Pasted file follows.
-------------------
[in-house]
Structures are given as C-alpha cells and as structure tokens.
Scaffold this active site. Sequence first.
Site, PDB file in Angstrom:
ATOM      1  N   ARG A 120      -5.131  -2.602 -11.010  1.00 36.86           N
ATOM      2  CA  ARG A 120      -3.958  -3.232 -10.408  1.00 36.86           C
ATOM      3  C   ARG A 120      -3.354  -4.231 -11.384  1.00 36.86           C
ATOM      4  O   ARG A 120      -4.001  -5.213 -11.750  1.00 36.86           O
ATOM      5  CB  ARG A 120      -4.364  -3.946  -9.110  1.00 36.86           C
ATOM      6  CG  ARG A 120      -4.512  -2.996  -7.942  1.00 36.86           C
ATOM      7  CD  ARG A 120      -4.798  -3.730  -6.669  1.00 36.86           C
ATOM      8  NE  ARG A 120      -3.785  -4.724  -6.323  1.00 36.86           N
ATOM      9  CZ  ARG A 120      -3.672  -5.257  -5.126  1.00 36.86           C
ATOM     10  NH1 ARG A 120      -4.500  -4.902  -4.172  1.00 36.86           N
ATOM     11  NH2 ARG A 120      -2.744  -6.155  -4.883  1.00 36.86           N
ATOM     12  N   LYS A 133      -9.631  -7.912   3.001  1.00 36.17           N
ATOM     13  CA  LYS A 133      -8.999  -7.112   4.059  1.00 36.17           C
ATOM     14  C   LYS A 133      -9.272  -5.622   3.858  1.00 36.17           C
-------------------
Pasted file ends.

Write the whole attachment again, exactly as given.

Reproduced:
[in-house]
Structures are given as C-alpha cells and as structure tokens.
Scaffold this active site. Sequence first.
Site, PDB file in Angstrom:
ATOM      1  N   ARG A 120      -5.131  -2.602 -11.010  1.00 36.86           N
ATOM      2  CA  ARG A 120      -3.958  -3.232 -10.408  1.00 36.86           C
ATOM      3  C   ARG A 120      -3.354  -4.231 -11.384  1.00 36.86           C
ATOM      4  O   ARG A 120      -4.001  -5.213 -11.750  1.00 36.86           O
ATOM      5  CB  ARG A 120      -4.364  -3.946  -9.110  1.00 36.86           C
ATOM      6  CG  ARG A 120      -4.512  -2.996  -7.942  1.00 36.86           C
ATOM      7  CD  ARG A 120      -4.798  -3.730  -6.669  1.00 36.86           C
ATOM      8  NE  ARG A 120      -3.785  -4.724  -6.323  1.00 36.86           N
ATOM      9  CZ  ARG A 120      -3.672  -5.257  -5.126  1.00 36.86           C
ATOM     10  NH1 ARG A 120      -4.500  -4.902  -4.172  1.00 36.86           N
ATOM     11  NH2 ARG A 120      -2.744  -6.155  -4.883  1.00 36.86           N
ATOM     12  N   LYS A 133      -9.631  -7.912   3.001  1.00 36.17           N
ATOM     13  CA  LYS A 133      -8.999  -7.112   4.059  1.00 36.17           C
ATOM     14  C   LYS A 133      -9.272  -5.622   3.858  1.00 36.17           C